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City, CP rail pause eviction of Soper Park encampment

'Where is your humanity, City of Cambridge?,' say advocates as they rush to help move encampment residents before bulldozers roll in and tear down makeshift shelters

EDITORS NOTE: A previous version of this story mentioned that the City of Cambridge worked in conjunction with Canadian Pacific Kansas City Rail to bring in a bulldozer to remove shelters. The City of Cambridge confirmed that they used city contractors to manually clean up their portion of the site. 

Waterloo regional police and about 30 social workers were in Soper Park this morning assisting the planned eviction of about 50 residents of an encampment near the Elgin Street pedestrian tunnel at the north end of the park.

Since the encampment is on shared property with Canadian Pacific railway and the City of Cambridge, the company decided to give residents until midnight tonight to clear out instead of an earlier deadline of this morning. 

"It looks like nearly every social worker in the region is here right now trying to move these people out before the city bulldozes all their stuff and they lose everything," said advocate for the unhoused Regan Brusse.

"We get to go home to our beds tonight. They have no idea where they are going to go."

Canadian Pacific Kansas City Rail brought in a bulldozer to remove what remained of the encampment after residents left, but paused those efforts when they learned about the extent of the makeshift shelters, which stretch into a wooded area beside the trail.

The plan is to return tomorrow at 8 a.m.

According to Allison Jones, communications for the City of Cambridge, the city used contractors to manually clean up their portion of the site. 

A social worker who identified herself as Ashley, told CambridgeToday they have until midnight to help pack up every last tent, shelter and belonging in a U-Hual and move it away. 

"So they have decided that the people living here are not human and don't have rights and have also decided that social workers are not human either," Ashley said.

"We now have to work for the next 12 hours straight to move everyone away. Why can't they give us until tomorrow morning? Who decided midnight?"

The social workers who are going to have to put in long hours and help move the residents, feel like they are "weaponizing compassion." 

"They are doing this because they know we'll work until we drop to help these people," she added. 

Social workers and advocacy groups are helping pack up every belonging into plastic tubs and bring them to vans, trucks and U-Haul trailers to move them to the next spot.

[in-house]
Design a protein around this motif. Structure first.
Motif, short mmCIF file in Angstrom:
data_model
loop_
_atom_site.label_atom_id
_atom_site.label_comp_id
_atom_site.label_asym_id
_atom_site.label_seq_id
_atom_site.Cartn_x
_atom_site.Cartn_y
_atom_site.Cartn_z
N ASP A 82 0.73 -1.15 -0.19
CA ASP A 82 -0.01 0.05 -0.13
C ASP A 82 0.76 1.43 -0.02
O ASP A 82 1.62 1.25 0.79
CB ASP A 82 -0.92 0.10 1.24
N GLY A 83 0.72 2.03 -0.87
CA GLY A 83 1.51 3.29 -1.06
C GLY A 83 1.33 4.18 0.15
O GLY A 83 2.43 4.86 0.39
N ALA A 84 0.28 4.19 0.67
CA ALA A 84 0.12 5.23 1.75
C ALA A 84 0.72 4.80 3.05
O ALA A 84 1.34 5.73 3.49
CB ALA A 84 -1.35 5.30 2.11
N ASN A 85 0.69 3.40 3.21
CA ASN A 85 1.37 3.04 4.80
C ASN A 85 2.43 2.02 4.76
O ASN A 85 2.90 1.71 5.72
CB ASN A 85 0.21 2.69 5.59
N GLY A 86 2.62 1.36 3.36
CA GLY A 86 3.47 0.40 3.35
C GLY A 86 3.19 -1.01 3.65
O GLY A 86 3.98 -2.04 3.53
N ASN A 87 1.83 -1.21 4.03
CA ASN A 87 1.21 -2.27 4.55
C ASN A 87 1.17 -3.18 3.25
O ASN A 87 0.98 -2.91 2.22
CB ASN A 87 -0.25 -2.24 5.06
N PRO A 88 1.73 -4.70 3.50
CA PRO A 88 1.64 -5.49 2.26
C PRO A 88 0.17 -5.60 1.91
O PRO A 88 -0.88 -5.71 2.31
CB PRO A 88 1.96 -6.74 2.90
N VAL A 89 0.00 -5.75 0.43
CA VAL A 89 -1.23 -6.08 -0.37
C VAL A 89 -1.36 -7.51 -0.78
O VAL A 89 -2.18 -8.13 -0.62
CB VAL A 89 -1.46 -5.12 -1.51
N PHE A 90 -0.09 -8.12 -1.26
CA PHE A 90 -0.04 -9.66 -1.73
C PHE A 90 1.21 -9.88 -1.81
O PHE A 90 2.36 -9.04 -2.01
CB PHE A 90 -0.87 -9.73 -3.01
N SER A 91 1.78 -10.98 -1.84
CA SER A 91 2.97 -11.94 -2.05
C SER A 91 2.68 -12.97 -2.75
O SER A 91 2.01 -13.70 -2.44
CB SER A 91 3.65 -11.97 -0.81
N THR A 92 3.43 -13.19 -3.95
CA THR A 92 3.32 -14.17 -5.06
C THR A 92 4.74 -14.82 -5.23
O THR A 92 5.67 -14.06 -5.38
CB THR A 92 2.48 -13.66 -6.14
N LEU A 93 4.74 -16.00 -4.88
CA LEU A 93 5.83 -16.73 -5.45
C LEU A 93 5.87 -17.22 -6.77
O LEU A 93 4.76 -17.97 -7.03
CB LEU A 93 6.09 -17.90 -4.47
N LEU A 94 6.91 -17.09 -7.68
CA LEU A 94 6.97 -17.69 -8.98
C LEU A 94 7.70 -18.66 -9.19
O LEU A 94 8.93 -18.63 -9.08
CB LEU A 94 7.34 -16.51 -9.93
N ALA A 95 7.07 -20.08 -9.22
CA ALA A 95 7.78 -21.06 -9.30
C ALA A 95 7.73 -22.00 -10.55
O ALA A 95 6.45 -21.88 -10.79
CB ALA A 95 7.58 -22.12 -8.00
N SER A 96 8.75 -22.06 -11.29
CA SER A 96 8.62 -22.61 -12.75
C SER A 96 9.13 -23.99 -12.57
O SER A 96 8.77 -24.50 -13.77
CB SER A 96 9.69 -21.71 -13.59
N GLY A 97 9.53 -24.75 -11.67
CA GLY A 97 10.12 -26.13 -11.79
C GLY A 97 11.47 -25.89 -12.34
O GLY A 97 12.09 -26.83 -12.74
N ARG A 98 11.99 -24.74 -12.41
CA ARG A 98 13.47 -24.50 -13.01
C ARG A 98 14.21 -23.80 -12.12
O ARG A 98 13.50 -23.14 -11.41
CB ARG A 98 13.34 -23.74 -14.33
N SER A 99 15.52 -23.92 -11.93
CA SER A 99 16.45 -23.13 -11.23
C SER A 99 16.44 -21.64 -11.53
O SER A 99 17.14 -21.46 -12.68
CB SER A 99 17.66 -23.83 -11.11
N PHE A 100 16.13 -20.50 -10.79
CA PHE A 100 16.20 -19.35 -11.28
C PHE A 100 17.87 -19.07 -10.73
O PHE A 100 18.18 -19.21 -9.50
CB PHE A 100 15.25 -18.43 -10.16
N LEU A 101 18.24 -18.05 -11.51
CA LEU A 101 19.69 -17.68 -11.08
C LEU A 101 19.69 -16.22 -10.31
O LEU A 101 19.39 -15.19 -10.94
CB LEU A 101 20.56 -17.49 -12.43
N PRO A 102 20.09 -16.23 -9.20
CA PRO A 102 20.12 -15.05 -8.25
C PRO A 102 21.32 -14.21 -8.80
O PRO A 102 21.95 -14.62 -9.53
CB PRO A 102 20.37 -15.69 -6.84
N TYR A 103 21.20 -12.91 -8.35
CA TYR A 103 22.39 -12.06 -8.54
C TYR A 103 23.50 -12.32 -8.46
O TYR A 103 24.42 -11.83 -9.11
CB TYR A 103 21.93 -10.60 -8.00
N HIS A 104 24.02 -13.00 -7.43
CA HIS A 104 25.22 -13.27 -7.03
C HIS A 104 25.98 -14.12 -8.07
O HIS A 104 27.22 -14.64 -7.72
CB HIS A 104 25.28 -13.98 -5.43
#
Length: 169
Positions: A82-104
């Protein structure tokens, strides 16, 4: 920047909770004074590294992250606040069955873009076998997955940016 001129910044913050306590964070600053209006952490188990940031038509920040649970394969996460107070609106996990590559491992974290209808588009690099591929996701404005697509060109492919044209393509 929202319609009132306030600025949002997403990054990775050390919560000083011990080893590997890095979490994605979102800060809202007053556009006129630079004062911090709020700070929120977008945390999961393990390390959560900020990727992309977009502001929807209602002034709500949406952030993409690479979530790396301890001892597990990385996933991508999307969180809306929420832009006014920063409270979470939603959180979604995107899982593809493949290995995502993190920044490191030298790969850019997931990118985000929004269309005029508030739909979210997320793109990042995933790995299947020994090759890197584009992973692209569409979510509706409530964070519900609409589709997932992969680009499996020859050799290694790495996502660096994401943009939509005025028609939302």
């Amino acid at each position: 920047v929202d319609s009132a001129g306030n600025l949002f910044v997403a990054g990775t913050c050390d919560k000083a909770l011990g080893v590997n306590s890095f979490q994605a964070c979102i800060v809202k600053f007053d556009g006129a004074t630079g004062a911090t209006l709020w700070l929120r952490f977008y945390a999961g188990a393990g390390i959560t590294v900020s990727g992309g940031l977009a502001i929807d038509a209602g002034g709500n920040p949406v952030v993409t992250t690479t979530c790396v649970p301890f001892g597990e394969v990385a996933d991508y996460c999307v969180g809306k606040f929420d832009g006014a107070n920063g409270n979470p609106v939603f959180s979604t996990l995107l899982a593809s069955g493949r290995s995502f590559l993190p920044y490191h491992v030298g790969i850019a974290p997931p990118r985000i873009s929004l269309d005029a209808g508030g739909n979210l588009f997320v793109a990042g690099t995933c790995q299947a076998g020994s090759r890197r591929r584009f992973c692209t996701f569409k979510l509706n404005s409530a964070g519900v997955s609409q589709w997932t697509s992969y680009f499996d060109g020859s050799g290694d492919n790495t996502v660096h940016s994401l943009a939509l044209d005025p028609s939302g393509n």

"What we're watching here today is peoples' family being broken apart, their homes being destroyed, their world being demolished and I'm sorry, I don't give a shit about no law," Brusse said.

"There is no justification for this, this is not a situation where these people have another option."

Some people have been living in the park for months, but since the closure of the encampment at 150 Main St. the size of the Soper Park encampment has tripled to an estimated 50 residents. 

City of Cambridge bylaw compliance manager John Mattocks was on scene during the eviction and says residents have been informed for a few weeks that they will be charged or arrested for violating city bylaws and have been offered other housing options. 

The eviction notice, posted by the city last week, also informed those living in the park that if they didn't leave, they would be charged by police. 

Brusse says the housing options that were offered are not sufficient enough for the region to evict those living at the Victoria encampment in Kitchener, and it's not enough for the residents here. 

"When you look at the numbers that were presented to regional council on Sept. 12, it said shelter beds in the region were at an 83 per cent capacity. They couldn't even fit everyone in the open beds if they tried," Brusse says. 

In the report presented to regional council, it concluded that there are over 1,377 people experiencing chronic homelessness in the region, a statistic that paints a very small picture of the reality of the unhoused. 

"These reports are only as accurate as the information that can be collected," Brusse says. "There are hundreds more unhoused, from the hidden homeless to students, who don't have a place to live. We need to do something now and bulldozing people's entire lives will not accomplish anything." 

Many of the advocates helping residents move think this eviction goes in direct violation of the Superior Court's decision preventing the Region of Waterloo from evicting residents at an encampment in Kitchener. 

Ontario Superior Court Justice, Micheal Valente said any effort to evict an encampment on Victoria and Weber streets in Kitchener would be a violation of of rights and freedoms granted in the Charter.

He based his decision on the idea that the region is currently unable to provide accessible and adequate shelter options and supports for those residents and must leave them alone.

"We are dealing with the same numbers that were presented to the judge here in Cambridge. Same number of shelter beds, same number of support and social workers available. This isn't right," Brusse adds. "Where is your humanity City of Cambridge, because this is not humane?" 

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Joe McGinty

About the Author: Joe McGinty

Joe McGinty is a multimedia journalist who covers local news in the Cambridge area. He is a graduate of Conestoga College and began his career as a freelance journalist at CambridgeToday before joining full time.
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